In a political system full of pathologies, here’s one we don’t often consider: Even when we decide to spend a bunch of money to meet the country’s pressing needs, the debate we have about exactly how to go about it is so distorted that it becomes almost impossible to make good decisions.
It’s a particular kind of distortion, one that obscures and distracts from the substantive choices we have to make, so that the original point of the enterprise becomes almost an afterthought.
Consider the Build Back Better bill, whose fate still lies with Sen. Joe Manchin III (D-W.Va.). Manchin now reportedly wants to either cut or eliminate the expanded child tax credit — one of the most effective antipoverty measures in history — because he thinks it’s too expensive.
Manchin is also arguing with President Biden about the fact that many of the programs in the bill phase in or phase out over the course of 10 years, which Manchin considers problematic budget gimmickry.
On that point he isn’t wrong, strictly speaking; it is gimmickry, of a type that has been used by both parties. But do you know who’s most responsible for that feature of this bill? That’s right: Joe Manchin.
Biden and congressional Democrats have spent months courting and pleading with Manchin, over matters that have had almost nothing to do with the things the bill is supposed to accomplish. Again and again, Manchin has declared that whatever the total cost of a given version of the bill was, it was too much. You don’t like $3.5 trillion? How about 2.5? Or 2.1? Would 1.75 be okay?
Because of the focus on total cost, the inevitable paring and shaping of the bill hasn’t been driven by the country’s most important needs and how best to meet them, but by what would satisfy Manchin’s arbitrary arithmetic demands.
And now he’s consumed with whether one provision or another should phase out after five years or last for 10. So we’ve spent all this time not debating the things the bill does, because apparently for Manchin that’s barely relevant.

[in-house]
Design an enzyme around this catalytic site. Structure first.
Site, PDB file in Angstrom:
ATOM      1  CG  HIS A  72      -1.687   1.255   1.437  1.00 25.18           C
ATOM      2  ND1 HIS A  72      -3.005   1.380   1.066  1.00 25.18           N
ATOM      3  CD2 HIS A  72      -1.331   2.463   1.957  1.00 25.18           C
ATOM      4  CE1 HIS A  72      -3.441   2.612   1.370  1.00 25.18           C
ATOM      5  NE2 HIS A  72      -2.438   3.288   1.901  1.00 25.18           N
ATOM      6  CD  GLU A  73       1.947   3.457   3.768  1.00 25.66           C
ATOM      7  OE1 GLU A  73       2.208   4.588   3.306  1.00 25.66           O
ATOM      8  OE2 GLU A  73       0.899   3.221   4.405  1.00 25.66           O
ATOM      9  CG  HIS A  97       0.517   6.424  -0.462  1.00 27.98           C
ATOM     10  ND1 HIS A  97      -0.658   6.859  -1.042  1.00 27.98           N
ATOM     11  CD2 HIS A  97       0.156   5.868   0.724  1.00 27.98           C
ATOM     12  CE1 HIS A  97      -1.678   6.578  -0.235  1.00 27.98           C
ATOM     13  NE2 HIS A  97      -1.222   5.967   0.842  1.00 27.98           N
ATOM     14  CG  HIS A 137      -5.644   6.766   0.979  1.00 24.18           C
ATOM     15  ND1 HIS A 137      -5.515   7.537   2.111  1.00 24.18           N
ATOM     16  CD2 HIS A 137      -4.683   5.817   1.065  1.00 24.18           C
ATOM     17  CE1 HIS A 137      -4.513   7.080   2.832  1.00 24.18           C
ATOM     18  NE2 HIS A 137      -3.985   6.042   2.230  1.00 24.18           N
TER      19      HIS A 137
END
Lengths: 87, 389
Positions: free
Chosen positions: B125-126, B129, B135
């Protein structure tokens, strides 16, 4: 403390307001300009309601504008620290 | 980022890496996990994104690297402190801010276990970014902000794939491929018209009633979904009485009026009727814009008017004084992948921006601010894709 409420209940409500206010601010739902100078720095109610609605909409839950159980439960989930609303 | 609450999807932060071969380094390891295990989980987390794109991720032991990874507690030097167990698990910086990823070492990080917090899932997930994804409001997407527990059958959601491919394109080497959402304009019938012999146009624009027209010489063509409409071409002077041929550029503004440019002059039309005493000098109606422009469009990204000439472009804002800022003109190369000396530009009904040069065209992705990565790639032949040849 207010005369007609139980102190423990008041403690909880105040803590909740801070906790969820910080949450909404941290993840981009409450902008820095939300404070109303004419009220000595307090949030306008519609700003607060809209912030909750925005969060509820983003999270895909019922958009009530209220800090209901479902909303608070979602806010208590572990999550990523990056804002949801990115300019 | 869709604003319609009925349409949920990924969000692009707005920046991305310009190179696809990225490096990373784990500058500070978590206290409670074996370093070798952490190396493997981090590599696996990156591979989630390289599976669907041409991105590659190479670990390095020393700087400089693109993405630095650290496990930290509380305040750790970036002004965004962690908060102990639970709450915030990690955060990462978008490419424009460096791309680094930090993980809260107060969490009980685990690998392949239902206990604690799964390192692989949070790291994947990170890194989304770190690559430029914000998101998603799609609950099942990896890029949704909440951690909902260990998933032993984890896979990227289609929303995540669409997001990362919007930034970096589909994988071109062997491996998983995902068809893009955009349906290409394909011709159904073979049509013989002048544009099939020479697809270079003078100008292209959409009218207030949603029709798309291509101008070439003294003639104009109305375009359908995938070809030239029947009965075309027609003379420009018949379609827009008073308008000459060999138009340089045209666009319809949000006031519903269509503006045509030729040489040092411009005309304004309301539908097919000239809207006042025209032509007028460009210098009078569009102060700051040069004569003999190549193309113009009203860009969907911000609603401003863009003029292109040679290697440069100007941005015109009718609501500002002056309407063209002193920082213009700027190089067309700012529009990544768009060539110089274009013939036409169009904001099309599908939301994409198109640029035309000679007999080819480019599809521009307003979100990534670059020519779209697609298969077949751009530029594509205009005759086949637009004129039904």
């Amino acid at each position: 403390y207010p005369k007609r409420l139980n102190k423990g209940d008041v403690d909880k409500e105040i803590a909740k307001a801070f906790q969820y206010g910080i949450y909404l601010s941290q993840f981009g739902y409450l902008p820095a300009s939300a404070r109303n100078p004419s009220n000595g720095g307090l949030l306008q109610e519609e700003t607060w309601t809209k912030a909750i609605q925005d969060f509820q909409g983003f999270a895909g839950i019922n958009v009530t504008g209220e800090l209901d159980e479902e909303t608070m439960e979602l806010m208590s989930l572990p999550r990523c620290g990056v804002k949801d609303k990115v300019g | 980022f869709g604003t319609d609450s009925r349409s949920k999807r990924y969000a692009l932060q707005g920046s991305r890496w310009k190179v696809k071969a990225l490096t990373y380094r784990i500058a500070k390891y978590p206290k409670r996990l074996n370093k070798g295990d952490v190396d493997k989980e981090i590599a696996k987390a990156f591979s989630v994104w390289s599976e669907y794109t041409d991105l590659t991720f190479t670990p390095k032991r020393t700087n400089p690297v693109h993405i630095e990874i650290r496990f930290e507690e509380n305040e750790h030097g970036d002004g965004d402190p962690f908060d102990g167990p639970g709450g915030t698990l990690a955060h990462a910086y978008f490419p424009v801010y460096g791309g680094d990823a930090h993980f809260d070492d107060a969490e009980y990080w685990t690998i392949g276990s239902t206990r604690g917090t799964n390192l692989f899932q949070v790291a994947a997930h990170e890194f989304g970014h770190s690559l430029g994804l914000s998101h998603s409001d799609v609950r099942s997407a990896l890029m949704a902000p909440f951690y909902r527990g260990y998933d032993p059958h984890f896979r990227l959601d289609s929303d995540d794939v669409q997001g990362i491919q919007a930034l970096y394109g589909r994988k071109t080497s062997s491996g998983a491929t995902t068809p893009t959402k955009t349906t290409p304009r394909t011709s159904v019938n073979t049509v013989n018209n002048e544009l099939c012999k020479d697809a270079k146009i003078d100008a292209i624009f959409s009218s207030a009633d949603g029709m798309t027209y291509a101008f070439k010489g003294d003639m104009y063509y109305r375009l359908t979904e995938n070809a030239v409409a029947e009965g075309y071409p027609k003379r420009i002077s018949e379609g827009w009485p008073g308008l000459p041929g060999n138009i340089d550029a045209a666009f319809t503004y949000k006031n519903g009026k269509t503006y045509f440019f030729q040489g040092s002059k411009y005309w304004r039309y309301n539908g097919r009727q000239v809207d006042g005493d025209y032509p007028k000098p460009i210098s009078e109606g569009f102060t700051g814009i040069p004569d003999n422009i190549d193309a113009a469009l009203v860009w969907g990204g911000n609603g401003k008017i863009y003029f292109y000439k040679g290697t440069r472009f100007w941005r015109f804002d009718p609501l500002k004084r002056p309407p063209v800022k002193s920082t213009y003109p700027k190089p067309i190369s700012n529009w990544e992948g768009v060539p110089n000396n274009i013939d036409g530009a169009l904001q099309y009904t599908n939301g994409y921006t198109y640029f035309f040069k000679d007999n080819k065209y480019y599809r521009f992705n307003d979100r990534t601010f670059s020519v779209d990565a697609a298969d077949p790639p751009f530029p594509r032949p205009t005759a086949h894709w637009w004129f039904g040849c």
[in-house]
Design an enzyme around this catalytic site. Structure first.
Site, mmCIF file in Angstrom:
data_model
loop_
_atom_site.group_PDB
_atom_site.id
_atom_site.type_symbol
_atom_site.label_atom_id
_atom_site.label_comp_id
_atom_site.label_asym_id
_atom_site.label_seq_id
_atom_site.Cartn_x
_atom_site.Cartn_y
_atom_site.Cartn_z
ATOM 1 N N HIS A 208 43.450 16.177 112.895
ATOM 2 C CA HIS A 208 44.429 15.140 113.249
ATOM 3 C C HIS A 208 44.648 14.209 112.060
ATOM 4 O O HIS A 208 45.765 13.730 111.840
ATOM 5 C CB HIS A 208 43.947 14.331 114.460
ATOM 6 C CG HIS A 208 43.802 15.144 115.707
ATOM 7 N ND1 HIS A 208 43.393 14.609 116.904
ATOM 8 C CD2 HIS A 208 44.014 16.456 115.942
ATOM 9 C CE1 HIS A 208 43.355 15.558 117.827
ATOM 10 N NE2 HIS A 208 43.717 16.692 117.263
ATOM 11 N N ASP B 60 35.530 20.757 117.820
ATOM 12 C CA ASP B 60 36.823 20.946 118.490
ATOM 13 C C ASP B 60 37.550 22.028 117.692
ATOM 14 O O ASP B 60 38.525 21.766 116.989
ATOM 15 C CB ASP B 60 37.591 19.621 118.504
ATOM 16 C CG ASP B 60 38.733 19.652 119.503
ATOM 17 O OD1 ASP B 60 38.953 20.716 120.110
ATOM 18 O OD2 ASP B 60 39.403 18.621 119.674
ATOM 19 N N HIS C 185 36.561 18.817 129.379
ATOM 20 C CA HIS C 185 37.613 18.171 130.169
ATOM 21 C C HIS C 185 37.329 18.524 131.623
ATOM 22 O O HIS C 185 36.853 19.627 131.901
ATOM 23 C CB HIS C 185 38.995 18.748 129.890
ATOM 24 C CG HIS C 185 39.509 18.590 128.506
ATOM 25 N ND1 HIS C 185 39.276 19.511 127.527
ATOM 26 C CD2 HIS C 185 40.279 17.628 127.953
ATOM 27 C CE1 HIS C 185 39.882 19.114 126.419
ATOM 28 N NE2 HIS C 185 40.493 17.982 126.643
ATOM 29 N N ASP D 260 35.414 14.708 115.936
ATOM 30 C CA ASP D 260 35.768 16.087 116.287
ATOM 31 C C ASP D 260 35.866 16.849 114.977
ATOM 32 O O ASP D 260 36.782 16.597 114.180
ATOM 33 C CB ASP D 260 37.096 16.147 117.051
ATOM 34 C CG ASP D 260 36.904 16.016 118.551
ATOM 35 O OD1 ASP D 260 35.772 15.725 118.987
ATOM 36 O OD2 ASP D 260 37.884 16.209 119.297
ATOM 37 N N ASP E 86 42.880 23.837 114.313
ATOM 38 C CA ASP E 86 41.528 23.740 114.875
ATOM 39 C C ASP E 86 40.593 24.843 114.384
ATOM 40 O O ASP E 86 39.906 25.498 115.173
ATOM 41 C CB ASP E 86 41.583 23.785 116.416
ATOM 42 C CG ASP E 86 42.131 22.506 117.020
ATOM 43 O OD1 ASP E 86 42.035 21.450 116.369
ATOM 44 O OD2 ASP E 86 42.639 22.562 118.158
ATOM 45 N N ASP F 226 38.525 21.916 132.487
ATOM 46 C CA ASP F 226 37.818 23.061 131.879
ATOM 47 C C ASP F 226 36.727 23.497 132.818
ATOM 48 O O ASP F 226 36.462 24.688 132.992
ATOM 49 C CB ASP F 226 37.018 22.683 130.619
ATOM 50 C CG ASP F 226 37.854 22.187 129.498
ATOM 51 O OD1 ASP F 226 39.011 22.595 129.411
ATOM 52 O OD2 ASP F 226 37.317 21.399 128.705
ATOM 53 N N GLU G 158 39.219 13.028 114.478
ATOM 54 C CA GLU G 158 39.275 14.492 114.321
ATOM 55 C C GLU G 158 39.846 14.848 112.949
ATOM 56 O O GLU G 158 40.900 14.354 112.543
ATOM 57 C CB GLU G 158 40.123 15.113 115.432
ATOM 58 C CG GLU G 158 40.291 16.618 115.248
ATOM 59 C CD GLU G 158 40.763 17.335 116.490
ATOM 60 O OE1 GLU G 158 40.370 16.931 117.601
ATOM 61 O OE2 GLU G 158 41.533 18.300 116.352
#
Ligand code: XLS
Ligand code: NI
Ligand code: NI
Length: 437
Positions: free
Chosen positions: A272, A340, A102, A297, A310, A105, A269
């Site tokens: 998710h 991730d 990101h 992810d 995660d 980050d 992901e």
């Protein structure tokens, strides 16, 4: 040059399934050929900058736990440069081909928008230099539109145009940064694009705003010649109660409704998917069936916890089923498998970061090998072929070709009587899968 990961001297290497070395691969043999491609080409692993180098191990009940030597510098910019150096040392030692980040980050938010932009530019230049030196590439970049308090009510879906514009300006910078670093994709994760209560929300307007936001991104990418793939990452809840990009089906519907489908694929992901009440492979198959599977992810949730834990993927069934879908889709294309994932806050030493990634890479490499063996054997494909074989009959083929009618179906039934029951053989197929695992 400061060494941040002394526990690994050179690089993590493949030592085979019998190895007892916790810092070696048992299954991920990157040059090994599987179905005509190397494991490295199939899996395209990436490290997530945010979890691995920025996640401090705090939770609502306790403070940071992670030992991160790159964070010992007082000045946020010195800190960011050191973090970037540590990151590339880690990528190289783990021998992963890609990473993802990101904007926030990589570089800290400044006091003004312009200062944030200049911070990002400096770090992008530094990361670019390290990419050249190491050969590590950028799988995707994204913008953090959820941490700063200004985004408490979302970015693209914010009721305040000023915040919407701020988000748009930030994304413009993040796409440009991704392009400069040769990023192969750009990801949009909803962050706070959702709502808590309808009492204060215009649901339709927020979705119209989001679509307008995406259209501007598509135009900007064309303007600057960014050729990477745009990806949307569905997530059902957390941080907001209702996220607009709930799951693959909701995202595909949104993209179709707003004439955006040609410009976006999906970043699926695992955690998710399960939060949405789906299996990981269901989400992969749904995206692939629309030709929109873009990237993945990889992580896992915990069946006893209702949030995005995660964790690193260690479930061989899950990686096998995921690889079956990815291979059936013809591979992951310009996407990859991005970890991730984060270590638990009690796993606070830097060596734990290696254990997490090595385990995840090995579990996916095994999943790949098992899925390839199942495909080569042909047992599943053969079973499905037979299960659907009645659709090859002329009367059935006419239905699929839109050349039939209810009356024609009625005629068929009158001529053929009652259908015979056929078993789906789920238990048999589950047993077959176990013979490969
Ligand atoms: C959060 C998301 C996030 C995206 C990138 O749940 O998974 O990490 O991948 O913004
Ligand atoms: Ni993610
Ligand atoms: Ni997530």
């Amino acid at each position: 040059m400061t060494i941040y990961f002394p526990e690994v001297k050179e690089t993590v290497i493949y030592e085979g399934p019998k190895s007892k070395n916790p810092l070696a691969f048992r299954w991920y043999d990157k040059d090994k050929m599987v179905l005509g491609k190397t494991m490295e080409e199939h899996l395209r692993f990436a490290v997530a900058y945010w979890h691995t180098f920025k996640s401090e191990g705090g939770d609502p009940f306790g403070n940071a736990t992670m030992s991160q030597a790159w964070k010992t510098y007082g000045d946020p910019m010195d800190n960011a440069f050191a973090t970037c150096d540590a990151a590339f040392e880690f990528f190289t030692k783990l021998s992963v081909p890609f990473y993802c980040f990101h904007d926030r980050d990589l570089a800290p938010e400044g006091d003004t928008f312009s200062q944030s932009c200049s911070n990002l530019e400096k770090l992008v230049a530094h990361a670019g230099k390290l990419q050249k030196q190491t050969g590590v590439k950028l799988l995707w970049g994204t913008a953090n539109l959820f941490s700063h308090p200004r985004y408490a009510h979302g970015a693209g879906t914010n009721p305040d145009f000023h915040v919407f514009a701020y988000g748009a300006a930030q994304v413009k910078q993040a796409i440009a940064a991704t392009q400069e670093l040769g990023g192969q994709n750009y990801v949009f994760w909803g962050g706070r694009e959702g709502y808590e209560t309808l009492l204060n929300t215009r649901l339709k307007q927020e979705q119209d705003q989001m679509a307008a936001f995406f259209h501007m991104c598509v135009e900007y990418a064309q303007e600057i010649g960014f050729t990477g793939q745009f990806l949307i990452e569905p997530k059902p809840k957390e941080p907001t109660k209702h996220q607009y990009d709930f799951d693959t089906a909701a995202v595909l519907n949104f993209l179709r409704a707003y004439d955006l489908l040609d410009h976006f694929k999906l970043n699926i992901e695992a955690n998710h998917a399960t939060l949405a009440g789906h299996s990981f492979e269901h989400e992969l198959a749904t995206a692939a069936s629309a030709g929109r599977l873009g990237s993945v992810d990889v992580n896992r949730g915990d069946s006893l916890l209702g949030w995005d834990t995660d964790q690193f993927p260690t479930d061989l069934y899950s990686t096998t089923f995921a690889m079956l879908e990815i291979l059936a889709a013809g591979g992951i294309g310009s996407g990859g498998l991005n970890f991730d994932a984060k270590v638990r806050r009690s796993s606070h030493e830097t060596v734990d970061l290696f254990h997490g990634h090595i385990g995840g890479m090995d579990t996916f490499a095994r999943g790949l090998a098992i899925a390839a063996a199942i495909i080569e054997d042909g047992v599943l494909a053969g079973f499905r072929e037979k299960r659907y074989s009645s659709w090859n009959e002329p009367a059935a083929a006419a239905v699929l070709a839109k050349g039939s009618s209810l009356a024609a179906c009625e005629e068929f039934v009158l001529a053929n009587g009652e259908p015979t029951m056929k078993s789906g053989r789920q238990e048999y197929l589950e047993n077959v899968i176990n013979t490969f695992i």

In the end, Manchin will probably vote for the bill, but the substantively impoverished debate has created its own set of problems even if it passes. Had we spent six months debating details of, for instance, universal pre-K — what its benefits are and how to implement it — when Democrats did pass a bill to make it happen, the public would understand what had just happened.
Which means voters would be more likely to credit Democrats for the program, and then in the future be able to judge whether it was a success. But now they have only the vaguest idea about what might occur, and when it does they won’t connect it to the political process that produced it. All they know is that there was a bunch of wrangling over a bill with a lot of big numbers in it.
Even worse is the way Republican politicians are united in their determination not to allow us to have a substantive debate.
The New York Times reports on how many GOP governors joined their compatriots in Washington in blasting the American Rescue Plan that passed in March with zero Republican votes — then those same governors took the money it included for their own states. They used that money to fund whatever projects they found worthwhile, and are happily taking credit for them.
This is hypocritical, of course. But hypocrisy isn’t the real problem here.
Republicans would like us to just talk about whether any government spending that helps people is “socialism” — even if they take the money for their own states — so we end up having an abstract and superficial debate, rather than one focused on specifics like pandemic relief, infrastructure or Build Back Better. Those governors had preferences for what sort of spending they favored — which were revealed when they quietly took the money — but their constituents never heard them make a real case for one set of priorities over another.
That means the money is less likely to be spent wisely and less likely to reflect the public’s own preferences. If we had a real debate showing what people in a particular state cared about — say, replacing old water pipes and updating school buildings — not only would the money have probably gone to those projects, there would be accountability for politicians who did or didn’t deliver.
Perhaps it’s too much to ask for debates over government spending to be a model of careful deliberation. But it’s not impossible: There have been moments in our history when voters were presented with competing options for government action, decided which they preferred and got what they asked for. Popular proposals have been enacted (such as the creation of Medicare) and unpopular ones have been rejected (such as George W. Bush’s attempt to partially privatize Social Security).
Though Build Back Better is still more likely than not to become law, this is clearly not going to be one of those moments. Even after Manchin is done hacking away at it, it will still do tremendous good for the public. But chances are that voters will barely realize it.